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Giants vs. Bears: Preview, predictions, what to watch for

An inside look at Sunday’s Giants-Bears Week 4 matchup at MetLife Stadium.

Marquee matchup

Bears DE Robert Quinn vs. Giants LT Andrew Thomas

This is a high-level battle. Quinn, 32, is one of the preeminent pass rushers of the past decade, with 102 career sacks. He led the NFL in 2021 with 18.5 and can harass the quarterback by coming around the edge or working inside with his bull rush. Quinn is off to a quiet start this season, with one sack and one quarterback hit in three games. It is up to Thomas to keep him quiet.

Thomas is the top-ranked offensive lineman in the entire league, according to Pro Football Focus, and it will be interesting to see if the Giants feel the need to give him much help dealing with Quinn.

Robert Quinn and Andrew Thomas
AP (2)

Paul’s pick

Anyone out there think this will be a freewheeling, high-scoring affair? Didn’t think so. Wet, windy weather and two subpar offenses should make for a game of field position, turnovers and whichever team has the most potent rushing attack. The wide receiver talent in this one is not fantasy football-worthy. The difference could come down to the Giants having Saquon Barkley and the Bears not having him.

Giants 19, Bears 13

Four downs

No splash plays: Solid defense is fine. Game-breaking defense is better. The Giants need someone to rise up and make a big play. They have zero interceptions this season. They had no sacks or forced turnovers in the loss to the Cowboys, the first time that happened to the Giants since Dec. 1, 2019, in a game against the Packers. That was the 34th game since the 1970 merger with no takeaways or sacks by the Giants, according to the Elias Sports Bureau. The Giants are 2-32 in those games.

Unlock the speed: The 1,485 receiving yards Darius Slayton has totaled on passes from Daniel Jones are more than any wide receiver has amassed on catches from the Giants quarterback. They were draft classmates in 2019 and formed an immediate connection. It is almost hard to remember that in his first two seasons, Slayton caught 98 passes and got in the end zone 11 times for touchdowns. He was developing into a down-the-field threat, then 2021 happened and he was buried by the previous coaching staff. Slayton is not exactly a favorite of Brian Daboll’s crew and his snaps have been few and far between. But with Sterling Shepard gone for the season, Kadarius Toney and rookie Wan’Dale Robinson still out with injuries and Kenny Golladay residing in Funk Land, this feeble passing attack needs something new.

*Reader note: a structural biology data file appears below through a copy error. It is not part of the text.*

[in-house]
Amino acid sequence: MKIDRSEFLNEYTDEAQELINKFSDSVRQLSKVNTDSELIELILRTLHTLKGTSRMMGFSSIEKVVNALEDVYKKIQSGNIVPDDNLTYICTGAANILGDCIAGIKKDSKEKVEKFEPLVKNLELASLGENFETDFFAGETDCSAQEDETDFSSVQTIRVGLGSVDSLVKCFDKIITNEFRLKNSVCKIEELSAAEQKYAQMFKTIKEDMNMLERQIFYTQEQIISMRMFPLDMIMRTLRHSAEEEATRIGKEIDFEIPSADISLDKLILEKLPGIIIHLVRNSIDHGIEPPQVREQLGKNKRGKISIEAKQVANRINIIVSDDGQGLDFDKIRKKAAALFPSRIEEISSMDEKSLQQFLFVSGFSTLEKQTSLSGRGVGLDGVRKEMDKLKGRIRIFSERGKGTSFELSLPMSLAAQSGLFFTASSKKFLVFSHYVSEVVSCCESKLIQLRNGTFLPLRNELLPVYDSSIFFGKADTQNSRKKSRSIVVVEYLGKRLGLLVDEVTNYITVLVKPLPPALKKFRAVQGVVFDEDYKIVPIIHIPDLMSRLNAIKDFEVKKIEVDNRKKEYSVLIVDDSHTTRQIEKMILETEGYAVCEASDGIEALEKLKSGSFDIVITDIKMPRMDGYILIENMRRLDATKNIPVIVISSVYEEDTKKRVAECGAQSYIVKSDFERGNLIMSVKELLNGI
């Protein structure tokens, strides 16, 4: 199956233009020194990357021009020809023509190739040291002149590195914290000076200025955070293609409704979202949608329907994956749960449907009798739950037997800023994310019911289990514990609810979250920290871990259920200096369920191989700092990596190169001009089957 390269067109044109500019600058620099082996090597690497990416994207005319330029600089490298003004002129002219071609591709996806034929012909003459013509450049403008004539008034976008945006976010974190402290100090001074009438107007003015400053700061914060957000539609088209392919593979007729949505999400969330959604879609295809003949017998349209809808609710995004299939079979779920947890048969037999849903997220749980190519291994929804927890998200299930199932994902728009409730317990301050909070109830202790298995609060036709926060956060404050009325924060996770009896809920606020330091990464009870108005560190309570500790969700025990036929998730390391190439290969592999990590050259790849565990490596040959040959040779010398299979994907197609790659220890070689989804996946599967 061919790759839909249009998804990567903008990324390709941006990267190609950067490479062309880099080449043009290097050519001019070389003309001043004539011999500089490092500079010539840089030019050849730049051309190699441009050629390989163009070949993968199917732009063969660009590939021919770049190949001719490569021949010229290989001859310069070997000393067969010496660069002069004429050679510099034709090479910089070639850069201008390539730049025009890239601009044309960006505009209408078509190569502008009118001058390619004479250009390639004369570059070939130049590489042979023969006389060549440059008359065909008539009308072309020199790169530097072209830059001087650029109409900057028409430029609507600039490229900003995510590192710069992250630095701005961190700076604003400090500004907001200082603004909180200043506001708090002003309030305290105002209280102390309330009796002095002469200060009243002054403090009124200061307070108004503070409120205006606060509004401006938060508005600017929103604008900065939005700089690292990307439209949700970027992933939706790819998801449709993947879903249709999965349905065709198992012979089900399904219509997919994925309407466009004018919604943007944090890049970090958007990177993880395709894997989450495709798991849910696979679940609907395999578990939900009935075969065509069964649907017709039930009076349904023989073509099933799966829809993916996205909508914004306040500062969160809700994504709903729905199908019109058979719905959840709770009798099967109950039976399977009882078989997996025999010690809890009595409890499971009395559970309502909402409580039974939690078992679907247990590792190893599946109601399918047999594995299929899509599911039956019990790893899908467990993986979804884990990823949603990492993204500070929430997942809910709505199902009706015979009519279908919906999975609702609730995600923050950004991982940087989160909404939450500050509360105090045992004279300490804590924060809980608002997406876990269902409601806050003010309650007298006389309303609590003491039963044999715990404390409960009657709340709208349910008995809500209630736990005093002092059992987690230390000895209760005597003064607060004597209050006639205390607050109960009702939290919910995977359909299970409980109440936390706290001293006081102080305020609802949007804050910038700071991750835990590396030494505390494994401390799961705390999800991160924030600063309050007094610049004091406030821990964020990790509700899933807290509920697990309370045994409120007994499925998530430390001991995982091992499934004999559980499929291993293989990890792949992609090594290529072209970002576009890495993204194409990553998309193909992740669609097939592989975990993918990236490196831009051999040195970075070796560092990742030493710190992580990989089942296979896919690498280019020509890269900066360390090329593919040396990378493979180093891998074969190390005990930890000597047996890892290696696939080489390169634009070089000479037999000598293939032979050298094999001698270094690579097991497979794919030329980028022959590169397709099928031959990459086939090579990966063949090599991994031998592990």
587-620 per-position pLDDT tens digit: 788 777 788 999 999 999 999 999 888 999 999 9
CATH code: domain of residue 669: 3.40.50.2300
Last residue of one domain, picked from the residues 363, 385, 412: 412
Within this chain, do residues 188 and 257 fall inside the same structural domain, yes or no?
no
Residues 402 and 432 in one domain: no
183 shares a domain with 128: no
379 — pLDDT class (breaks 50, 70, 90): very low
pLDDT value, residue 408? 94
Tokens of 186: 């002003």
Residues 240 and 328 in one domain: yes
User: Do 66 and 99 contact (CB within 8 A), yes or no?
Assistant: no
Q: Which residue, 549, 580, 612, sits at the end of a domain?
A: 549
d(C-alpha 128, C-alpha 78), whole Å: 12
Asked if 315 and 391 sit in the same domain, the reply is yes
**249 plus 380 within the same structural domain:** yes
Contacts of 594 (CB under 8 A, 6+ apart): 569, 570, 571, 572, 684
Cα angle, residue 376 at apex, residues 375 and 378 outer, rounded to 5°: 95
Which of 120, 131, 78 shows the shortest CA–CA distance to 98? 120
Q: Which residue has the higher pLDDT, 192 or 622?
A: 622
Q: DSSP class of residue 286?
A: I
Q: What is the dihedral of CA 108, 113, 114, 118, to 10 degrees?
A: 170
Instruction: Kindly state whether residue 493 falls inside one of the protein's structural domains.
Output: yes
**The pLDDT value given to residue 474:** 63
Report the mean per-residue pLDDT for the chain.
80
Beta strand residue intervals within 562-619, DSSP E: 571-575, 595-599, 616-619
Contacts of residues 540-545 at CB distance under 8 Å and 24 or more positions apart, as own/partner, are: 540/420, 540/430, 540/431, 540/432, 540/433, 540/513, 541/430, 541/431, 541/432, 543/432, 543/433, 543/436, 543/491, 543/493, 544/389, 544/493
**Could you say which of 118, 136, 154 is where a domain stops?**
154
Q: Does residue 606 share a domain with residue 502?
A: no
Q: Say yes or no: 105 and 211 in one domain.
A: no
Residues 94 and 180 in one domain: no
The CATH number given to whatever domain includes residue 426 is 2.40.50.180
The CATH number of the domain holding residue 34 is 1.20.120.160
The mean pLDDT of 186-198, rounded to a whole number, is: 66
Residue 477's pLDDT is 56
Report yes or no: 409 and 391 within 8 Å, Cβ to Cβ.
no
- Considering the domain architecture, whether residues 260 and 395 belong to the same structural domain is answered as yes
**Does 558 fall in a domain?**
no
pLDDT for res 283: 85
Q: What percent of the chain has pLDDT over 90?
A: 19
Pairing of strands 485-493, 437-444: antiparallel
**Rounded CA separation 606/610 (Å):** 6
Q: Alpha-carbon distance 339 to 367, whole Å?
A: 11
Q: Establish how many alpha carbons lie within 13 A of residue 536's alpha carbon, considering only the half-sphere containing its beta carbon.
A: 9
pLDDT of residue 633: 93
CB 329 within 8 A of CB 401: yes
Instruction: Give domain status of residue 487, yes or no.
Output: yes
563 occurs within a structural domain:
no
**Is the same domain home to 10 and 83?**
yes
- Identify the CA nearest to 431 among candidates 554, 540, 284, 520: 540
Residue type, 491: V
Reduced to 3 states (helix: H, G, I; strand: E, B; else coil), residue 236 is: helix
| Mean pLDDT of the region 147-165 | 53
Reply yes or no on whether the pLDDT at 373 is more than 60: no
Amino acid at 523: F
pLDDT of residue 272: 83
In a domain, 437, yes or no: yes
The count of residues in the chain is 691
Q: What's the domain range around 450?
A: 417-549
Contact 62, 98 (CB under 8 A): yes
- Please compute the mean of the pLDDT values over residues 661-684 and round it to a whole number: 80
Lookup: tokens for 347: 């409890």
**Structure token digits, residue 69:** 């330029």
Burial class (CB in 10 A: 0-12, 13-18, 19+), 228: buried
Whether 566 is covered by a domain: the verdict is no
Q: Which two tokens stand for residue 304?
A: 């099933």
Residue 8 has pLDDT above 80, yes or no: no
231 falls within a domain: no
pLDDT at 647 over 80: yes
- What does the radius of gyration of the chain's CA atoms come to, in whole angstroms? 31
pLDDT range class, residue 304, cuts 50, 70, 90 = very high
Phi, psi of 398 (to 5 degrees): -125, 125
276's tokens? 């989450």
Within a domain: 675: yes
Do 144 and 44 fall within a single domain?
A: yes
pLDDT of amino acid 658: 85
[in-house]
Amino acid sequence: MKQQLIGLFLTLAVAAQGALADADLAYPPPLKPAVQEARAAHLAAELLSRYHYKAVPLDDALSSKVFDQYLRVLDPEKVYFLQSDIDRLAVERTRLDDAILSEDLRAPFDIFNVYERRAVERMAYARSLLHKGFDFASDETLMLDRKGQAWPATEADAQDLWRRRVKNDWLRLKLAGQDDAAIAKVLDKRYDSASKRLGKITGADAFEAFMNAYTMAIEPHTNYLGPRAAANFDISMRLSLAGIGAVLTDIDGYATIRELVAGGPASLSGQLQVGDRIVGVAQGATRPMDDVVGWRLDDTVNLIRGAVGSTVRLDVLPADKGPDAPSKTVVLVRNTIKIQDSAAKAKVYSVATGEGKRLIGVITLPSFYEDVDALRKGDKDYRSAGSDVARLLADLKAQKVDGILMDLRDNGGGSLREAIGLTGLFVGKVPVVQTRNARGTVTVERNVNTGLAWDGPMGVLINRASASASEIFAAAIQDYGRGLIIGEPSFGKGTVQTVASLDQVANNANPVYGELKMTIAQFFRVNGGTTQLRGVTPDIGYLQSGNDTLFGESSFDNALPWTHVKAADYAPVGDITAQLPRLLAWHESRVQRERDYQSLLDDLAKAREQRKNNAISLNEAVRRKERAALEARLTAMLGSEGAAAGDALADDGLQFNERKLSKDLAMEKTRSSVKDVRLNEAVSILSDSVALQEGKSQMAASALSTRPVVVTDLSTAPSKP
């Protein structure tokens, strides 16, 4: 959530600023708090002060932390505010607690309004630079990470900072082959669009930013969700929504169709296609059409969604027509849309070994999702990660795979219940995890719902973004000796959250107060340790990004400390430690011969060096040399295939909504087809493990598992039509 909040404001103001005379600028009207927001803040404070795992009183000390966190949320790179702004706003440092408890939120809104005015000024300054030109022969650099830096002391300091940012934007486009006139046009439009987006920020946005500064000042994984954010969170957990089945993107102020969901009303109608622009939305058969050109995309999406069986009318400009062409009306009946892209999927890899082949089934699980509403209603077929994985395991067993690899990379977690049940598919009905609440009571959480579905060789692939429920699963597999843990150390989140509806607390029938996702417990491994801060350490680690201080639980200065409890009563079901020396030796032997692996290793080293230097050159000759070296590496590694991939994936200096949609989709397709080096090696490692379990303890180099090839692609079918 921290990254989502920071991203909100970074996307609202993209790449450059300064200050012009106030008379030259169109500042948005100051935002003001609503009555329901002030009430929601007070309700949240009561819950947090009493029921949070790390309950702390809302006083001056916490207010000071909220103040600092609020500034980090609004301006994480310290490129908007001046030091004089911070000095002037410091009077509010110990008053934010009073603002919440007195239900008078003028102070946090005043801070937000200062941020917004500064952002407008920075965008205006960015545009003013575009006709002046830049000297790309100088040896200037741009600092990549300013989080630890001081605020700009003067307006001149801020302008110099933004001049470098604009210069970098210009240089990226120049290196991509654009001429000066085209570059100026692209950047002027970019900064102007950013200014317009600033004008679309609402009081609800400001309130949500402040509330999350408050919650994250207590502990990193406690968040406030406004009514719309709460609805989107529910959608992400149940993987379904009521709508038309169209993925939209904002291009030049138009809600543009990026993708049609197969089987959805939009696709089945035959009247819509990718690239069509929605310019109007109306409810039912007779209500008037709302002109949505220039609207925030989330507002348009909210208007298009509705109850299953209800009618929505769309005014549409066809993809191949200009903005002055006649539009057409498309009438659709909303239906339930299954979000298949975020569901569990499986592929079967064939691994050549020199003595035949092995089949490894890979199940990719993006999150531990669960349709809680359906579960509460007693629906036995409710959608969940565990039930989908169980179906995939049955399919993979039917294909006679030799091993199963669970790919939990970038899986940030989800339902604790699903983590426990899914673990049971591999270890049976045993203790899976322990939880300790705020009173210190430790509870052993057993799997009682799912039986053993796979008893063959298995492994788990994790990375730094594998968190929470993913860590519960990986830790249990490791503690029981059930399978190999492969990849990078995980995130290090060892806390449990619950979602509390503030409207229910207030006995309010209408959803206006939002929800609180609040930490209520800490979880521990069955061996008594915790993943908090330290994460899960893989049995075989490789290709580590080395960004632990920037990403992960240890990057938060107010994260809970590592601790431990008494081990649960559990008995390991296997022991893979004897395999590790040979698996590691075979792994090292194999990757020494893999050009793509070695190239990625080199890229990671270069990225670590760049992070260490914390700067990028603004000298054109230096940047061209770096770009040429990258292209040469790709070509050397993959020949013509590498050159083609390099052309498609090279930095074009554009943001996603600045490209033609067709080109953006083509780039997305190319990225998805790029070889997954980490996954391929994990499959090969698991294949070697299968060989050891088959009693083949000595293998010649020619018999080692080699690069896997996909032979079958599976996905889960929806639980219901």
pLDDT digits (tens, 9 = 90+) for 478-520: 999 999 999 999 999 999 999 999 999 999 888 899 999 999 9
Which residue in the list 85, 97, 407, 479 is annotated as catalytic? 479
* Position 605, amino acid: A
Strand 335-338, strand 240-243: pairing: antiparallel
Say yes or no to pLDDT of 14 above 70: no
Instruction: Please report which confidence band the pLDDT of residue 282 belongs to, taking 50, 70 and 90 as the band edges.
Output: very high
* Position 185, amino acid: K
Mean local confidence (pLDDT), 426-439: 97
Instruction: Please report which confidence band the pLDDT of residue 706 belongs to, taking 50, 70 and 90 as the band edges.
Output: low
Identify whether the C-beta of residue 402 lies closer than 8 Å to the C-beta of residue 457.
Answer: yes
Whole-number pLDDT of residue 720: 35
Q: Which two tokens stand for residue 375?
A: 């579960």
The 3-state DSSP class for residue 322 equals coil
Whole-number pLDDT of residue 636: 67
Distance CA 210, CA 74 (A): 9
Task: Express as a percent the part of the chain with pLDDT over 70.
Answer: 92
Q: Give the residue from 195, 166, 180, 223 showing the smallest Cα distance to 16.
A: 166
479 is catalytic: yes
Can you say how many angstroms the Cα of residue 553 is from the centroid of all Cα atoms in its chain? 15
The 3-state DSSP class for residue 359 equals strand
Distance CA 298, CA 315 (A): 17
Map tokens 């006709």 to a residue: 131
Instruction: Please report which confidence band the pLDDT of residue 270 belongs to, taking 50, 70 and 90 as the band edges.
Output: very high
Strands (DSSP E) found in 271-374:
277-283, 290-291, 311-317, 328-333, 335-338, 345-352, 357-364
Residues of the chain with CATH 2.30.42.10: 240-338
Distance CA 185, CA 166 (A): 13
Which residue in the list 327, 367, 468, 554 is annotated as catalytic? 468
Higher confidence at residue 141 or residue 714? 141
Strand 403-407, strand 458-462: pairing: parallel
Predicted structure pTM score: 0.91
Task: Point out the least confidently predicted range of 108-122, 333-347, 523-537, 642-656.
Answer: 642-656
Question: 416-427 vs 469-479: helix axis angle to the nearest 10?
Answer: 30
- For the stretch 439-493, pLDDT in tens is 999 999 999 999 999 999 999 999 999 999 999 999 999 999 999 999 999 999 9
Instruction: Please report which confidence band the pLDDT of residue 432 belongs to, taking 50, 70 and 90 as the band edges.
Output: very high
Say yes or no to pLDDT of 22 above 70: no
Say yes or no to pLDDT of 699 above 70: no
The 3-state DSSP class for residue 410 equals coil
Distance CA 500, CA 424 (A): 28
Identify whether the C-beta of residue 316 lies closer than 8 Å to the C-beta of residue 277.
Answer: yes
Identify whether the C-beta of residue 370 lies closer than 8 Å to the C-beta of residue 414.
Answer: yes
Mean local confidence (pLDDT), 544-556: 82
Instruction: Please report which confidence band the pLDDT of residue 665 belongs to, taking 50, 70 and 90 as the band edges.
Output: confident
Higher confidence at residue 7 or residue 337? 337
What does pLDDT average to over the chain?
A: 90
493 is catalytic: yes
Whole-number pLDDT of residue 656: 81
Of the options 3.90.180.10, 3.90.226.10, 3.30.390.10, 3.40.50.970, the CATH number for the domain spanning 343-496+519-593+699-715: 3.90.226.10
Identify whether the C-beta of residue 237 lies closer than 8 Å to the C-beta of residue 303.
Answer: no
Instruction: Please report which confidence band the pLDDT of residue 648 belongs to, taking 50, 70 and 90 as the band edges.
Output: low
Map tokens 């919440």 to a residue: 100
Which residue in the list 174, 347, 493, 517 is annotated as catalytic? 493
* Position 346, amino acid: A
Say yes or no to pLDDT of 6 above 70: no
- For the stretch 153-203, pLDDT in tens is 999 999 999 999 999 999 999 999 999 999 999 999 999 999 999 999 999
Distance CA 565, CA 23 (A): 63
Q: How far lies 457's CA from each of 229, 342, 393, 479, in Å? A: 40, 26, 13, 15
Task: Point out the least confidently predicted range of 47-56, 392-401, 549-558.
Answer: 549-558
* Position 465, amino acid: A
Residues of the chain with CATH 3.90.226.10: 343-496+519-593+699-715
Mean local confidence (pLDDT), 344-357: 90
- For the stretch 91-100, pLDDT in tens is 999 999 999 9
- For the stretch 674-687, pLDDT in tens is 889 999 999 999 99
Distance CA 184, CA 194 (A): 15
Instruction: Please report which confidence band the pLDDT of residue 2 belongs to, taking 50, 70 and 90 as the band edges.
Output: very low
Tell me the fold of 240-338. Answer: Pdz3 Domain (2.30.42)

The running QB: Defensive coordinator Wink Martindale in Week 1 likened Derrick Henry to Jim Brown, and in Week 2 he likened Christian McCaffrey to Barry Sanders. Martindale laid it on a bit thick this week in his assessment of Bears quarterback Justin Fields, a far better runner than passer in his second season.

“Fields could be, for the younger crowd, a Cam Newton-type or for us older guys, Randall Cunningham-type,’’ Martindale said.

At this point, Fields is simply trying to find his NFL sea legs. He was a good (but not great) scrambler as a rookie and is averaging just 3.5 yards per rushing attempt in the first three games of 2022. He is the lowest-rated passer in the league.

The hit man: Jones “had a chance to rest up and recover a bit,” and he reported at midweek, “I’m feeling good,’’ after the battering he took against the Cowboys. He could sue for non-support after he withstood 24 pressures on his 42 dropbacks, the most by a Giants quarterback since ESPN started tracking that stat in 2009.

Jones was sacked five times Monday. The Bears have six sacks in their 2-1 start, and Trevis Gipson, Dominique Robinson and Robert Quinn are sure to test the Giants’ offensive line, to see if it can get its act together. Jones, in the first three games, has been pressured on 46.7 percent of his dropbacks. The NFL average is 26.8 percent.